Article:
The model employs the new Cyber-Shot interface, which is indicated by its dedicated Settings menu. You can also enable auto image rotation (all thanks to the motion sensor). While the camera's menu looks different, these changes haven't affected its performance.
The camera settings look in the following way:
The screen serves as a viewfinder while in the shooting mode. The picture moves very smoothly, details don't get dropped out. Numeric keys help in switching between various functions and shooting parameters quickly that significantly speeds up the camera's operation.
Video may be recorded in two resolutions (320x240, 176x144), but only in one format - 3GP. Clip duration may be limited to 10 seconds.
We won't review the G502's standard feature pack, for it comprises all the goodies of the A200, which were given an in-depth close-up in a dedicated article. So here we will be focusing more on the phone's unique abilities and features.
The G502 has one game in stock: QuadraPop.
The Applications section houses Converter and AccuWeather.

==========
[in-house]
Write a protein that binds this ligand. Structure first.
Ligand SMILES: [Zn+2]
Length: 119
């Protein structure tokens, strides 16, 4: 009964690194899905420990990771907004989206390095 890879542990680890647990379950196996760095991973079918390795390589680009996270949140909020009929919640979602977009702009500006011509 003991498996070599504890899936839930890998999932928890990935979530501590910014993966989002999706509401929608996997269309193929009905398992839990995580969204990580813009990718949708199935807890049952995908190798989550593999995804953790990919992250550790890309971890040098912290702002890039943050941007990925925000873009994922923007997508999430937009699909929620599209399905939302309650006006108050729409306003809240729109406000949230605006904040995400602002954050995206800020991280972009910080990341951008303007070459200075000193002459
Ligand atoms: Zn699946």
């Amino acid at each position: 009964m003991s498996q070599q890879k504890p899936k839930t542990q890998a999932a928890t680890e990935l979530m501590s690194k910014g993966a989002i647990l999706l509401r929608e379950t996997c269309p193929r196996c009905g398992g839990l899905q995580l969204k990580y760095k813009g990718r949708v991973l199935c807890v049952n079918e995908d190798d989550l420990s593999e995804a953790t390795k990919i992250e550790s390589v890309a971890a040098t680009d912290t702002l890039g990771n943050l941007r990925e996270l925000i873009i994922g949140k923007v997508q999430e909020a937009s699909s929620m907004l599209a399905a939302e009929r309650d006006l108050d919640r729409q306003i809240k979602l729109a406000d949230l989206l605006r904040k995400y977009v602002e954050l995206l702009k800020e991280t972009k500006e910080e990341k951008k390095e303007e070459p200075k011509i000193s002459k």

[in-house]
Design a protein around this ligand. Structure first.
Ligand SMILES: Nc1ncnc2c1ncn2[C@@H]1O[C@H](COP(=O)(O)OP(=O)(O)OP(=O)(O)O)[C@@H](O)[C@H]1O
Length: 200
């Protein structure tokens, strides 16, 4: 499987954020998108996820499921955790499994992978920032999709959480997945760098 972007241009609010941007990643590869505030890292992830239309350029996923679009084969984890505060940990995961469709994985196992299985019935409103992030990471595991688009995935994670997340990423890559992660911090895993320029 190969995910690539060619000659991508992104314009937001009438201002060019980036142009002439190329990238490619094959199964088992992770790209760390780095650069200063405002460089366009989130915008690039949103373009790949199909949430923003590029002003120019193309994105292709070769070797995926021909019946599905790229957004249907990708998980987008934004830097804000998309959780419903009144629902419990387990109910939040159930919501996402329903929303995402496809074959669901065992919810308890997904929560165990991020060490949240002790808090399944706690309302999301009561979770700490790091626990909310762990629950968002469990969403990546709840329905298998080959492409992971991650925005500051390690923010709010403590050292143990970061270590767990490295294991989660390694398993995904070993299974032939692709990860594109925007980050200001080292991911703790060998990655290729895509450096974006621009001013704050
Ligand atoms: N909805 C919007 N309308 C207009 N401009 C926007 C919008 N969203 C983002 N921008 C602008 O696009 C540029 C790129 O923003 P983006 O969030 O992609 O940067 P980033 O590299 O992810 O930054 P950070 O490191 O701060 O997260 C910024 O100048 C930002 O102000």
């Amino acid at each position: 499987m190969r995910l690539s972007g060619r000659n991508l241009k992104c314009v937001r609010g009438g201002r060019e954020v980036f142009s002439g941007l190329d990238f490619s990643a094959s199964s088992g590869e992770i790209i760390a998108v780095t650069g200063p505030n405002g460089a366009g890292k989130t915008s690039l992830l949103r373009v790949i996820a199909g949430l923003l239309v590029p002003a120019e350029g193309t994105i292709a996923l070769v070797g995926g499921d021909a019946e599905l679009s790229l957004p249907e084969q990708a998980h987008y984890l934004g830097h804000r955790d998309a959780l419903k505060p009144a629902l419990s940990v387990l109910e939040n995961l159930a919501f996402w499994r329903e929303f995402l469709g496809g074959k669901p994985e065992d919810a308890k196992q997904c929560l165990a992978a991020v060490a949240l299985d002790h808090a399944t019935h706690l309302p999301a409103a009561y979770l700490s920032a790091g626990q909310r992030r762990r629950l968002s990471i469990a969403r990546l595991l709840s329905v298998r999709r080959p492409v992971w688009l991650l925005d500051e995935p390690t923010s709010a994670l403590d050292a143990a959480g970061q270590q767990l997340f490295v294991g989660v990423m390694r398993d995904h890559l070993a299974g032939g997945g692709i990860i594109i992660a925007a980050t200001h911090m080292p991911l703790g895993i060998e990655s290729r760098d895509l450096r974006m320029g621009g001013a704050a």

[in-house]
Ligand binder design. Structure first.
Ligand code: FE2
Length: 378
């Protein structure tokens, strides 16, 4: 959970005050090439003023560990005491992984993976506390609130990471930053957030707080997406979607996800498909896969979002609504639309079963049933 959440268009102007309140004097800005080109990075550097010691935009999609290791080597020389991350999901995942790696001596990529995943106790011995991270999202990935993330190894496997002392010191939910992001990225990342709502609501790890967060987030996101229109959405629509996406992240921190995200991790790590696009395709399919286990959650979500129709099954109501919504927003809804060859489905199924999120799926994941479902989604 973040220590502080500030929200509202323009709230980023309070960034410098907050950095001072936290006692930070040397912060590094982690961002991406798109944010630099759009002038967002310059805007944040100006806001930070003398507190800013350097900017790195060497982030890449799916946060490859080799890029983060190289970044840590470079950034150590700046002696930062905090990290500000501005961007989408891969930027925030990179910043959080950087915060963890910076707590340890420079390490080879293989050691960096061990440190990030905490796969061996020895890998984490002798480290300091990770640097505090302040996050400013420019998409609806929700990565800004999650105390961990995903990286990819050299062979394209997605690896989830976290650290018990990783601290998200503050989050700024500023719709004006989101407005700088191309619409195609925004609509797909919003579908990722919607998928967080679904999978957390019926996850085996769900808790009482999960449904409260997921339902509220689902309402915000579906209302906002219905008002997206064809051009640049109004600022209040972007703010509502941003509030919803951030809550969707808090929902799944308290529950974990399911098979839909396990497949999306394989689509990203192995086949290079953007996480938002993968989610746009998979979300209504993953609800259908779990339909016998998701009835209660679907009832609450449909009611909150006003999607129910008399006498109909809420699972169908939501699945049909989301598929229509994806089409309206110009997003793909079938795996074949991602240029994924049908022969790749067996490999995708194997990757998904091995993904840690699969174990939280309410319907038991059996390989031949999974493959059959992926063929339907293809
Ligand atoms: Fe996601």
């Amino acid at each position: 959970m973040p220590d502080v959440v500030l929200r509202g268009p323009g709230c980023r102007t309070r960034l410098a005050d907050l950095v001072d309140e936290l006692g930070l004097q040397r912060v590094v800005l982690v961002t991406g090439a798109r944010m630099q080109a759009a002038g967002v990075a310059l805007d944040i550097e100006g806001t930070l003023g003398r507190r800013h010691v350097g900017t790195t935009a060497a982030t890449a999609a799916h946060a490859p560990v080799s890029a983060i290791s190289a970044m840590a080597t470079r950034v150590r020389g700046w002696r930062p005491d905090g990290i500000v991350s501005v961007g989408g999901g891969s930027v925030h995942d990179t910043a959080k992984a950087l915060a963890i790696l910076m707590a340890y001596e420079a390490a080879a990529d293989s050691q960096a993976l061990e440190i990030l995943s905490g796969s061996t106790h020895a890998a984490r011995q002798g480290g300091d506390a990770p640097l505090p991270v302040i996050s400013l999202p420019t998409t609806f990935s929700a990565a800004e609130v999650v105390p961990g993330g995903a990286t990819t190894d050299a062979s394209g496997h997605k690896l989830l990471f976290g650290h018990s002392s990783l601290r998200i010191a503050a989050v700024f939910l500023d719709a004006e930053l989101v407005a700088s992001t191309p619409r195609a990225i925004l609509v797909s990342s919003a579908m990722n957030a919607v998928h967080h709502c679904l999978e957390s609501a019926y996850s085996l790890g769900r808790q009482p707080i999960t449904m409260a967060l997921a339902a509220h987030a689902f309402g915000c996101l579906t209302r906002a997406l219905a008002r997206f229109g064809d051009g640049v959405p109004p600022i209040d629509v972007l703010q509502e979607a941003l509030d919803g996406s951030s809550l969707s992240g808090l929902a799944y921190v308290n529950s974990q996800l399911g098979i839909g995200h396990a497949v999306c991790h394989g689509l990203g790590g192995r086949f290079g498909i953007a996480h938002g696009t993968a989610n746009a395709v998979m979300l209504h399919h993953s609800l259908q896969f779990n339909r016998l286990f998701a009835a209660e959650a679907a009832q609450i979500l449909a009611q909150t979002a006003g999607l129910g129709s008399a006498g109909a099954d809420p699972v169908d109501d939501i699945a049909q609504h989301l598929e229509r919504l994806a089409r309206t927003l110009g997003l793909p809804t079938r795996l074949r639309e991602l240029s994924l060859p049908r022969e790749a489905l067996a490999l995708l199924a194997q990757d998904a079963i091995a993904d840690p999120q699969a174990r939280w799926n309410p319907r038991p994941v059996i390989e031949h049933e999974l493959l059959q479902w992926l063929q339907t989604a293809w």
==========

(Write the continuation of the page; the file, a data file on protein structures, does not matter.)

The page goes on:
Despite the fact that the G502 isn't one of the Walkman breed, it delivers pretty good audio quality, which is nothing to be shocked about - its sound is processed exactly in the same manner. While we found this handset pretty able in terms of sonic experience, it was still far behind other music-heavy phones from Samsung, Nokia, Motorola.
The lack of a decent headset in the sales package is a very crucial shortcoming of the G502, especially given what audience it targets in the first place. It seems, however, that Sony Ericssom simply wanted to keep its focus on one particular department and one could hardly blame them for that.